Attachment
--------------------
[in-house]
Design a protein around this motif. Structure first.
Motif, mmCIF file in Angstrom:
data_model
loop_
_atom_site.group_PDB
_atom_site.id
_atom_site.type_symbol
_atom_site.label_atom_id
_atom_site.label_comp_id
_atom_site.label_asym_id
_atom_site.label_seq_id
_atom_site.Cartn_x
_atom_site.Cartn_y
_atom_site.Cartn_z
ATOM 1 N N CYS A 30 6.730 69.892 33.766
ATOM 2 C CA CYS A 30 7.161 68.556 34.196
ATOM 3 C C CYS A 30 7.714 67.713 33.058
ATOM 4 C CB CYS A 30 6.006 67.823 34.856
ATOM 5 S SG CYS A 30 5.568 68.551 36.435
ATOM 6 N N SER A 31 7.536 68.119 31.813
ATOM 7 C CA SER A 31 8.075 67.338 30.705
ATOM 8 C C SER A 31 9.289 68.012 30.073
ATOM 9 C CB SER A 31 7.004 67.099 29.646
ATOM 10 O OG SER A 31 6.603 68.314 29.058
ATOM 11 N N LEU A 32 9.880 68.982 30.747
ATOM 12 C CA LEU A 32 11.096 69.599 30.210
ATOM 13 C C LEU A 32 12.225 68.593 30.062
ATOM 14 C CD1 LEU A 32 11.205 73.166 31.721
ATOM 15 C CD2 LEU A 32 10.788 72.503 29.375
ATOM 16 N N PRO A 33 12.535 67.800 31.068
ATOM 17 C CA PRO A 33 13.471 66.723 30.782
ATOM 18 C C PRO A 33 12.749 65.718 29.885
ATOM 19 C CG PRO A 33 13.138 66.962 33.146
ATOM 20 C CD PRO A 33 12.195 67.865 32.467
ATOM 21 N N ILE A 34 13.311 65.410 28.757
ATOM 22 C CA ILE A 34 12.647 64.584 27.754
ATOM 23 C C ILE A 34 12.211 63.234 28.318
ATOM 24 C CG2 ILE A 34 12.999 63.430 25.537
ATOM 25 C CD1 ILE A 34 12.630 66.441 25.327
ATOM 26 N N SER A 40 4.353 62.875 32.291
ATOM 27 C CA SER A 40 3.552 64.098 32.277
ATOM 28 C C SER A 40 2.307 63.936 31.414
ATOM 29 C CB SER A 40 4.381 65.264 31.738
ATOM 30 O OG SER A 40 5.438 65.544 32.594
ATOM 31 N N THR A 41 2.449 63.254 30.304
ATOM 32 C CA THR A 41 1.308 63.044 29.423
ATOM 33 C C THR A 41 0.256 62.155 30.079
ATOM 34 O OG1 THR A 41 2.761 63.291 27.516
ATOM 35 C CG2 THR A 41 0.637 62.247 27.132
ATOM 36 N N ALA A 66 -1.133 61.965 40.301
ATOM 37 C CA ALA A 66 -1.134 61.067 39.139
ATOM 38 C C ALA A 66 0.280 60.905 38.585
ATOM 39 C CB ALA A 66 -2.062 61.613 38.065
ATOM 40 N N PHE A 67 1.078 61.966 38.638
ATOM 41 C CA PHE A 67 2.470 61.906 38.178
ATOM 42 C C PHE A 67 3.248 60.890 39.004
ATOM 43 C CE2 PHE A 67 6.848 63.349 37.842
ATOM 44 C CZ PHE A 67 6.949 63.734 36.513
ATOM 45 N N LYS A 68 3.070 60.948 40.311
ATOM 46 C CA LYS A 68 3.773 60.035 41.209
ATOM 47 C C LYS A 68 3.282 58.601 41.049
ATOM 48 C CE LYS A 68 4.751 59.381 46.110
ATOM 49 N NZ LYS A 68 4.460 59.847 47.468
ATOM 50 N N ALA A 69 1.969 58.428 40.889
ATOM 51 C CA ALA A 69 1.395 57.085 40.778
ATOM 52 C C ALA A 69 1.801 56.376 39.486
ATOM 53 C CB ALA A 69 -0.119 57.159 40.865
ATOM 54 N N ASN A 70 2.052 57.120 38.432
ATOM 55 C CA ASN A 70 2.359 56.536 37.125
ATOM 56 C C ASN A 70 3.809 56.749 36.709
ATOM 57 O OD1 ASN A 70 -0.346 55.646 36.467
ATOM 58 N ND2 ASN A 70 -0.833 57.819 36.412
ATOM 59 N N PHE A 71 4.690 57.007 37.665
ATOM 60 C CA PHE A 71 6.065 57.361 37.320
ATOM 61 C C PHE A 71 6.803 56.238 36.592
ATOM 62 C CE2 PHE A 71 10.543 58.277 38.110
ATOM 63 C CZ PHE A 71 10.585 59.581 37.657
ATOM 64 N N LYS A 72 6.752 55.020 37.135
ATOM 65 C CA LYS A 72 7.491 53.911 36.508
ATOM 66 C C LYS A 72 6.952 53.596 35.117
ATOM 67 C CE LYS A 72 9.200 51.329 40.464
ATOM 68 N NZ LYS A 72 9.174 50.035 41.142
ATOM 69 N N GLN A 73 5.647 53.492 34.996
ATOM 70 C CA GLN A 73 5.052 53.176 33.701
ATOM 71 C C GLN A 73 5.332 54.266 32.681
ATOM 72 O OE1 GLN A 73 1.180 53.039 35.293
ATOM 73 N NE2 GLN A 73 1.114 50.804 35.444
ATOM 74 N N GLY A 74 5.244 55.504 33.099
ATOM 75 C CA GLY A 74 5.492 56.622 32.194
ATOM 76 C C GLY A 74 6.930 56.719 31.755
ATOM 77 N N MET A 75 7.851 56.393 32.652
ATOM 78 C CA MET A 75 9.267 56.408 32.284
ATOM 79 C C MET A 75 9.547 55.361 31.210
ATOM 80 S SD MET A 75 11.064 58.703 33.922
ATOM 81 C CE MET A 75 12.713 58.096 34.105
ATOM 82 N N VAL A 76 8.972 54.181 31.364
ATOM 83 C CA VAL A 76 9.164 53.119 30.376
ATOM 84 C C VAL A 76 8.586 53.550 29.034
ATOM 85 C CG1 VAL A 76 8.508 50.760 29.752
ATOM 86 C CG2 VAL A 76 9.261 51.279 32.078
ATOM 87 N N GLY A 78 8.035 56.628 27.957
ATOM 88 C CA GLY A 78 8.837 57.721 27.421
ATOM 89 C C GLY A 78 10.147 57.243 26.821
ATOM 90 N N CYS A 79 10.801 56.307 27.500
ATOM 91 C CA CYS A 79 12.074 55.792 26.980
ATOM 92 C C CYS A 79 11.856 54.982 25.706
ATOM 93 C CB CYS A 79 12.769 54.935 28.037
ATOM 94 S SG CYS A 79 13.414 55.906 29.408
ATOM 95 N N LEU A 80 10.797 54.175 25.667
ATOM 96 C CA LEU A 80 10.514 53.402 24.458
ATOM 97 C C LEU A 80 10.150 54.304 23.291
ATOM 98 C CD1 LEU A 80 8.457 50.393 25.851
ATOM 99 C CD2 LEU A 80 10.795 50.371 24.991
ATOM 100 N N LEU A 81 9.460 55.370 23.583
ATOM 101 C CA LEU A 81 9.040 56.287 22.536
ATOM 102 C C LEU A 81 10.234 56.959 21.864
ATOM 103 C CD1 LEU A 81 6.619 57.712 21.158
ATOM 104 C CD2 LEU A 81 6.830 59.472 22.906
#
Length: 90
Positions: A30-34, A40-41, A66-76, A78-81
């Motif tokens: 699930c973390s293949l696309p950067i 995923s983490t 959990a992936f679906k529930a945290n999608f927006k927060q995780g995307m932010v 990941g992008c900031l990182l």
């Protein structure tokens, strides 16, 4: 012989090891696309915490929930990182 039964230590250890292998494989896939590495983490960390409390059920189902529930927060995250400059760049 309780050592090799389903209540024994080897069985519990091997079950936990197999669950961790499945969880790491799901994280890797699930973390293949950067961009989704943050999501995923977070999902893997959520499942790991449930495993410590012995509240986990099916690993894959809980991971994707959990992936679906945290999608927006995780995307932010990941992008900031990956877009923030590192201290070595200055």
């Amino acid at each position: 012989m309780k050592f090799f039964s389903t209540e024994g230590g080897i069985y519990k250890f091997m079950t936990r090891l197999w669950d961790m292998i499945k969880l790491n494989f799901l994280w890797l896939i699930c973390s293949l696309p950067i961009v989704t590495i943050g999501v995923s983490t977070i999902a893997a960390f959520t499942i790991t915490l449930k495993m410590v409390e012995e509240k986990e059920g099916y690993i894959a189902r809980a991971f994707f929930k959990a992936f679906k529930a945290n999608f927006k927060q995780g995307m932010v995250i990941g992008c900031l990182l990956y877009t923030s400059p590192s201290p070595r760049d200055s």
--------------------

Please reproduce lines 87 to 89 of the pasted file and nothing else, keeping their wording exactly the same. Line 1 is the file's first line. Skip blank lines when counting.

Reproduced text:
ATOM 72 O OE1 GLN A 73 1.180 53.039 35.293
ATOM 73 N NE2 GLN A 73 1.114 50.804 35.444
ATOM 74 N N GLY A 74 5.244 55.504 33.099